The core question to Universalists

Discussion in 'Theology and Doctrine' started by anglican74, Apr 14, 2018.

  1. Lowly Layman

    Lowly Layman Well-Known Member Anglican

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    @Stalwart I am very disappointed in you. I have never known you to twist someone's words to try to trump up an argument. The the thread to which you are referring is "Calvinism, the Elect". I never said I don't believe in Hell nor did I say I believe in Purgatory. In fact, on 2/22/18, in a reply to you I said exactly the opposite.

    If you can't quote me with integrity, I don't think it wise to continue to engage you in conversation.
     
  2. Stalwart

    Stalwart Well-Known Member Anglican

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    Look I don't want this to get personal. I have oodles of respect for you, outside this issue. This doesn't need to get to a personal level. I was just passing by and got riled up, because you and I both see how many revisionists there are out today. I didn't mean to misquote you, and if I did I'm sorry. I hope you see why others and I say that the position you advocate effectively means the substitution of purgatory for the concept of hell. It's something worth thinking about. Also, the Athanasian Creed is super clear on eternal punishment, so I'm curious what your thoughts are on that.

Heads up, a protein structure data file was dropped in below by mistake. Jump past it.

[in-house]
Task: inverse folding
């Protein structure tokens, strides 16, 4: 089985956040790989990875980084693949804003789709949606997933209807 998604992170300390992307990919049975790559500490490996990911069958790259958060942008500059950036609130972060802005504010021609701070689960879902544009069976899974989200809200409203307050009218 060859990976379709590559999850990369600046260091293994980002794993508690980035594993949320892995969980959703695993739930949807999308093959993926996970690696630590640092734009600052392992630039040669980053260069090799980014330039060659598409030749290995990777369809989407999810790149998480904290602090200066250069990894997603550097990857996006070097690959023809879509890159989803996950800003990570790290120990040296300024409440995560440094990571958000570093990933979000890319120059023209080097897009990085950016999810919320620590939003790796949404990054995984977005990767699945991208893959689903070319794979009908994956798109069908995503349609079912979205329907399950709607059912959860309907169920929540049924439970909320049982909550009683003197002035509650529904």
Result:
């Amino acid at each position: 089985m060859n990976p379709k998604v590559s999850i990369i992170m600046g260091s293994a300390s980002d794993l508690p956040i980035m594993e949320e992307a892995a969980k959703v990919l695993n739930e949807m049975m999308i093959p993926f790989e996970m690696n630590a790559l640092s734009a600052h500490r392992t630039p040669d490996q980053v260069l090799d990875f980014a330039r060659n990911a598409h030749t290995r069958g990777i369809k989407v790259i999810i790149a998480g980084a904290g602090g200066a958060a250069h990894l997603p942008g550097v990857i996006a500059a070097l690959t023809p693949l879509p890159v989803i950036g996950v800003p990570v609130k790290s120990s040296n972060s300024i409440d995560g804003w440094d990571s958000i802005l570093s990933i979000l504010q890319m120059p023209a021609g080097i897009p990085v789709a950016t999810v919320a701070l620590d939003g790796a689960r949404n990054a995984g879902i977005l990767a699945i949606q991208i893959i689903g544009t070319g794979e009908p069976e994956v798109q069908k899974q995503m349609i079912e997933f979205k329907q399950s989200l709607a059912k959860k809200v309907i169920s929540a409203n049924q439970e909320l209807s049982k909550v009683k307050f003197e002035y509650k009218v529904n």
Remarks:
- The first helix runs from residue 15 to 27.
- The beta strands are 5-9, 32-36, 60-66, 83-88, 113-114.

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  3. Lowly Layman

    Lowly Layman Well-Known Member Anglican

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    Fair enough, @Stalwart . I am an Episcopalian who subscribes to the 39 Articles of of the PECUSA, ratified in 1801, which has no requirement to believe the Athansian Creed, only the Apostles and Nicene.

    Holy scripture backs up the trinitarian formula, and so I believe and confess it, whether or not it is codified in a formula. But since I do not believe Scripture teaches eternal punishment, I reject any formula that tries to teach what is not found in scripture. If however, the formula is echoing Our Lord's parable of the sheep and the goats, then the fire, in my opinion, is not eternal and I therefore accept it.

    Here is additional information about what I am referring to:

    https://afkimel.wordpress.com/2017/...nt-forever-aionios-and-the-universalist-hope/
     
  4. Lowly Layman

    Lowly Layman Well-Known Member Anglican